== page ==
China is set to report its fourth quarter and weakest full-year growth figure in 25 years on Tuesday. The figures come on the back of sluggish domestic and external demand, weak investments, factory overcapacity and high property inventories, which have exacerbated deflationary pressures in the world’s second-largest economy. Laura Frykberg reports.
Will China’s GDP be that bad?
Growth in China is looking grim – at least relatively speaking.
Upcoming GDP figures are likely to paint a weakening picture of the world’s second largest economy.
The premier has already warned that last year saw just under 7 percent of growth – less than the year before, and the year before that.
Add to that its roller-coaster stock market, and experts like Zhou Jingtong from the Bank of China, agree its a challenging time.
(SOUNDBITE) (Mandarin) ZHOU JINGTONG, ANALYST OF INTERNATIONAL FINANCE FROM THE BANK OF CHINA, SAYING:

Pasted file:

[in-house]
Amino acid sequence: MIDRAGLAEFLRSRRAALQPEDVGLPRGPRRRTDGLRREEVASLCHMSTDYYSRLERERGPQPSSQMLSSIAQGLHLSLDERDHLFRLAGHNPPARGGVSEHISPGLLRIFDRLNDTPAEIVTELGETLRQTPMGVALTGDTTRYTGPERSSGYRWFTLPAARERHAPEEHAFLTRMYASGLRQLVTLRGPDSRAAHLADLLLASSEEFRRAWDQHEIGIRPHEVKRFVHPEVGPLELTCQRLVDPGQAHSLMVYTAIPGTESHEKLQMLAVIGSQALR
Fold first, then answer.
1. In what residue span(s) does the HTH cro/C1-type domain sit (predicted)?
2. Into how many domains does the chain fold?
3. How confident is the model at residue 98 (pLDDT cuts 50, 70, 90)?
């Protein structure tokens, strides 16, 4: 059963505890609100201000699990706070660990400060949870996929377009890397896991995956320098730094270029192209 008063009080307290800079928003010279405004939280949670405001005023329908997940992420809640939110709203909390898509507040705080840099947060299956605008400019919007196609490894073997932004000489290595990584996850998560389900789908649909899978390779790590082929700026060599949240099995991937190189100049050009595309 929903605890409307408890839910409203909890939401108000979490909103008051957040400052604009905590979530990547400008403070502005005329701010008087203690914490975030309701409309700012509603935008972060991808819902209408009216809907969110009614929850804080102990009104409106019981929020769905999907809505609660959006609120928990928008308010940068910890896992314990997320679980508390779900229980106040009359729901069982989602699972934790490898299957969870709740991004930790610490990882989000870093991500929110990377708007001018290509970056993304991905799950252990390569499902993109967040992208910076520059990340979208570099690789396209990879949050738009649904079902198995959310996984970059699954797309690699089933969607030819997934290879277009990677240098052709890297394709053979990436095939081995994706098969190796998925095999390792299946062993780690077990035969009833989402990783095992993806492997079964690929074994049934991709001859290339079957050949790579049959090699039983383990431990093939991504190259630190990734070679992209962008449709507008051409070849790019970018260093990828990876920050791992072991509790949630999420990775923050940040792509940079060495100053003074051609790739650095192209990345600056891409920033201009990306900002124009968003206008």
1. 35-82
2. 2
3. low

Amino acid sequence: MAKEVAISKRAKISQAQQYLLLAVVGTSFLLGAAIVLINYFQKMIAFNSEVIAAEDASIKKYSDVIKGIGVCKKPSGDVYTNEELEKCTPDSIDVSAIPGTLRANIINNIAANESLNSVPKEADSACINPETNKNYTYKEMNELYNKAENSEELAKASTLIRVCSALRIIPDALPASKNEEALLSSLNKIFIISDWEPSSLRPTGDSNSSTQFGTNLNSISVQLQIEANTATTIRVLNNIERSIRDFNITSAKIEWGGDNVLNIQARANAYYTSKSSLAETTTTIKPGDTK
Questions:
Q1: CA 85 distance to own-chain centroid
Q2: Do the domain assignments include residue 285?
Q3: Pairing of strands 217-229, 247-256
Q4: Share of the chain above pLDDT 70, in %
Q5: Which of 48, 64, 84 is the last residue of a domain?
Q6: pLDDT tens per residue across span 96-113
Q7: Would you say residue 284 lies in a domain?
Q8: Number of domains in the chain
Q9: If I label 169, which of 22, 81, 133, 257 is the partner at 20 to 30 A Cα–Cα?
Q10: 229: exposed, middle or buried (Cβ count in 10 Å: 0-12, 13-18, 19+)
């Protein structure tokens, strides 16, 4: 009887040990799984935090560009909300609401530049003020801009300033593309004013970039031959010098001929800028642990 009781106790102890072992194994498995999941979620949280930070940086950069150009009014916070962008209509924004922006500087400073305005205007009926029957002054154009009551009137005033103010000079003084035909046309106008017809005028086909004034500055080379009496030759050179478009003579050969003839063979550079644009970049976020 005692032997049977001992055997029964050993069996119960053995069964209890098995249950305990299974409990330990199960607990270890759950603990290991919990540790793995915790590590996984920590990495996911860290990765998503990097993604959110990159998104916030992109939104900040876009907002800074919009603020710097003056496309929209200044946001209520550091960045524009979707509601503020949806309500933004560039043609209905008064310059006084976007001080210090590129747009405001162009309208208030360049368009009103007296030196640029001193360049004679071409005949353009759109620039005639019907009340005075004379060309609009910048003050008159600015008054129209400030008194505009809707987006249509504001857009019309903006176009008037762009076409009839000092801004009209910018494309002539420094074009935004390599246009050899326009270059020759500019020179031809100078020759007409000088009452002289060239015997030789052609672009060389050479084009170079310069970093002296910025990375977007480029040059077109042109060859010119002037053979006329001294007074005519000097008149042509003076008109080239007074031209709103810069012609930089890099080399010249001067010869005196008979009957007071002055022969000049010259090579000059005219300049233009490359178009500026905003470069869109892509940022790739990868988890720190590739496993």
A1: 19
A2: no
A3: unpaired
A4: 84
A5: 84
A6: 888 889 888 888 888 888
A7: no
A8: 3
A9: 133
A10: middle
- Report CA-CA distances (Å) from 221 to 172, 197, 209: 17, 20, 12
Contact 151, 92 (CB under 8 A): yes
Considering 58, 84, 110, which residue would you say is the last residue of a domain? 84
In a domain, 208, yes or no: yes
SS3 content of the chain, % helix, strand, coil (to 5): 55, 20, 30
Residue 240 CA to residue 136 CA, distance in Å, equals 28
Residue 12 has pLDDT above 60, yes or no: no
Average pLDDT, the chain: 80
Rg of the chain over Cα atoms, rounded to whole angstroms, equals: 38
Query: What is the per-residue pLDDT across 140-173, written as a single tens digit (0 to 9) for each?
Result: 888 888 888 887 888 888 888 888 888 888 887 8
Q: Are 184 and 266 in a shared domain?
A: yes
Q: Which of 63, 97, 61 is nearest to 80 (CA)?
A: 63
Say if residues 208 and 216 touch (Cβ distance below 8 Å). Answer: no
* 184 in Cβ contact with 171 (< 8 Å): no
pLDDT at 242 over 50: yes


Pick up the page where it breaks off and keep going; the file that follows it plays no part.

“It is a time of shifting momentum for China from old to new. The traditional big industries are slowing, while the smaller emerging ones are growing – but not as fast. So the overall economy is facing downward pressure.”
It’s not all doom and gloom though, China’s housing market recovered mildly last year.
House prices rose in December and property investment grew 1.3 percent.
There’s also another industry offering hope, according to CCLA Chief Investment Officer James Bevan.
(SOUNDBITE) (English) CCLA, CHIEF INVESTMENT OFFICER, JAMES BEVAN SAYING:
“The non-manufacturing side of the economy, the service side of the industry has remained relatively strong. And that will be the area of greatest focus in the upcoming figures.”
Analysts say the Chinese government is targeting economic growth this coming year.
But that could come at a price, such as more rate cuts and increased government spending.